The group behind SoManyofUs.com also hopes that, in part, Ellis will help in the destruction of these systems of power. In a simple list of demands of the writer that concludes the statement, the group calls to hope that there is “possibility of a mediated transformative justice action” with the writer, calling on him to acknowledge his “actions in their entirety,” “patterns of behaviour,” and that he “has callously hurt people,” as well as to help the group behind SoManyofUs.com in their aid of tackling the systemic issues that created a toxic environment for people of marginalised genders in comics and beyond.

The statement adds, “We believe it is important to amplify awareness of a pattern to change the culture of complicity. Emotional abuse, despite not being criminalised in many places, should be recognised as a real and lasting violation.” It also noted that Ellis is not the sole creator of his works, and that part of the process in seeking justice for his abuse should not involve tarnishing the works of artists, colorists, letterers, editors, animators, and other producers.

Ellis himself has yet to respond to the establishment of SoManyofUs.com, or the requests made by the site’s signatories and had not made further comment on the allegations beyond his initial June 19 statement. However, in a new Guardian report today from Sam Thielman tied with the launch of the site, Ellis gave his first public statements about the allegations since going silent on social media. Ellis continued to deny that he had consciously abused the scores of women he has acknowledged having relationships with (many of whom were not aware that Ellis was in relationships with multiple women at a time) outside of his open relationship with his longterm partner.

“What I have always tried to do is make sure other people feel protected. I have been asked for discretion, and I have asked for it. Some of the personal work I have to do now is about bad or limited communication in my life,” Ellis told the Guardian over email. “I’ve never tried to hide my relationship status. I am in an open relationship with my partner. Like many long relationships, ours has had troubled times, including brief periods of separation.”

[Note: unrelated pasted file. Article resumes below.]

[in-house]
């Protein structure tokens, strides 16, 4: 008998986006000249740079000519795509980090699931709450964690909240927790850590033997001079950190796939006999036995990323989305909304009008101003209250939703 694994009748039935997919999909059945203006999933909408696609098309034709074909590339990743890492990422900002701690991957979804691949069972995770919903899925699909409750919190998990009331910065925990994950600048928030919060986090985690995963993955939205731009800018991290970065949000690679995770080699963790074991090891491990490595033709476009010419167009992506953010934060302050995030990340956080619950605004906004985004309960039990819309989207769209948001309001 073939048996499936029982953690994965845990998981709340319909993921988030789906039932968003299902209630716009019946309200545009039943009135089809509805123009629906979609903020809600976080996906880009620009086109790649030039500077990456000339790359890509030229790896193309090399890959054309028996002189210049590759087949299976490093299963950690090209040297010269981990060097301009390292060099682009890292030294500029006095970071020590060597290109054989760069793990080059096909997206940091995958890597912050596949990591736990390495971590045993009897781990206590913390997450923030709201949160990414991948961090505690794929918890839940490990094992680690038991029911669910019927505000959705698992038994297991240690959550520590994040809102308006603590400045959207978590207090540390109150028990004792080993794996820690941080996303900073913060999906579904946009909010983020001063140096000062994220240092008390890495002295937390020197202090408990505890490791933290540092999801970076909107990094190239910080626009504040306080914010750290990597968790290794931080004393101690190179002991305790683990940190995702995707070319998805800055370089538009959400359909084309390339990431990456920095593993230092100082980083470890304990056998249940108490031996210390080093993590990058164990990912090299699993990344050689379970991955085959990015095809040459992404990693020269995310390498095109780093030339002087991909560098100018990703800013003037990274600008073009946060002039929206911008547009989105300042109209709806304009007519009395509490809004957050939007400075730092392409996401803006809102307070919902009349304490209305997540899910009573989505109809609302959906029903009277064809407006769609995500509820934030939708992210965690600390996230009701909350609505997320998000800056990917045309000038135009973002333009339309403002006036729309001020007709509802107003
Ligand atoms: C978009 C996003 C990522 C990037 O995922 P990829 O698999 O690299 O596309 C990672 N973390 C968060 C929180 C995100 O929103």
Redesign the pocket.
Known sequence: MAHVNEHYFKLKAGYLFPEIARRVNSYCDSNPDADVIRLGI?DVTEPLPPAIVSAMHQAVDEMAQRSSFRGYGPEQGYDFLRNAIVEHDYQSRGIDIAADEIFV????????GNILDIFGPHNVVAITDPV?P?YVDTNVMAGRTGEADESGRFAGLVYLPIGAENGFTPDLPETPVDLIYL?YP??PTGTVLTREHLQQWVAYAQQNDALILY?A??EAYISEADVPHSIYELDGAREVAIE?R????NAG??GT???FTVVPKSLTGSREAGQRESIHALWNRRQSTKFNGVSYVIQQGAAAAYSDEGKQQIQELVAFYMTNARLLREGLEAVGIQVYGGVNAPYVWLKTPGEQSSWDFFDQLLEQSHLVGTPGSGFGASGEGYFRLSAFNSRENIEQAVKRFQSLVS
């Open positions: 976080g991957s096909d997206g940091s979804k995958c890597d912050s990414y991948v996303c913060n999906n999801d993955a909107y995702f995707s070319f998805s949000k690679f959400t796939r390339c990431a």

The writer did acknowledge that there is a “differing of perception” between his own recollection of these relationships and the others involved in them and that he is currently “been listening to it” while also considering therapy. But whether or not Ellis will take up the signatories’ requests on SoManyofUs.com, to both mediate with them and help to address the systems in place within the comics industry (and beyond) that allow powerful men like himself to see incidents of the actions described by the testimonials as a “differing of perception,” remains to be seen.

Just as some of the people involved in SoManyofUs.com have hoped for, the writer has not faced immediate punishment by his employers. In fact, Ellis has yet to face much in the way of professional repercussions due to the allegations. He continues to write the ongoing Black Label series The Batman’s Grave for DC Comics and is presumably still involved with the creation of the confirmed fourth season of Castlevania, as neither Frederator Studios nor Powerhouse animation have released statements in the wake of the allegations, original or recent.

“Our aim is not to see Warren Ellis punished, we are here to look forward,” the group wrote. “We tell these stories so that anyone can recognise the dangerous nature of this type of behaviour and protect themselves and others.”

In the wake of SoManyofUs’ statement, Gizmodo reached out to Ellis’ representatives to see if he had additional comment. We also reached out to DC Comics, Frederator, and Powerhouse as well. We’ll update this post when and if we hear back.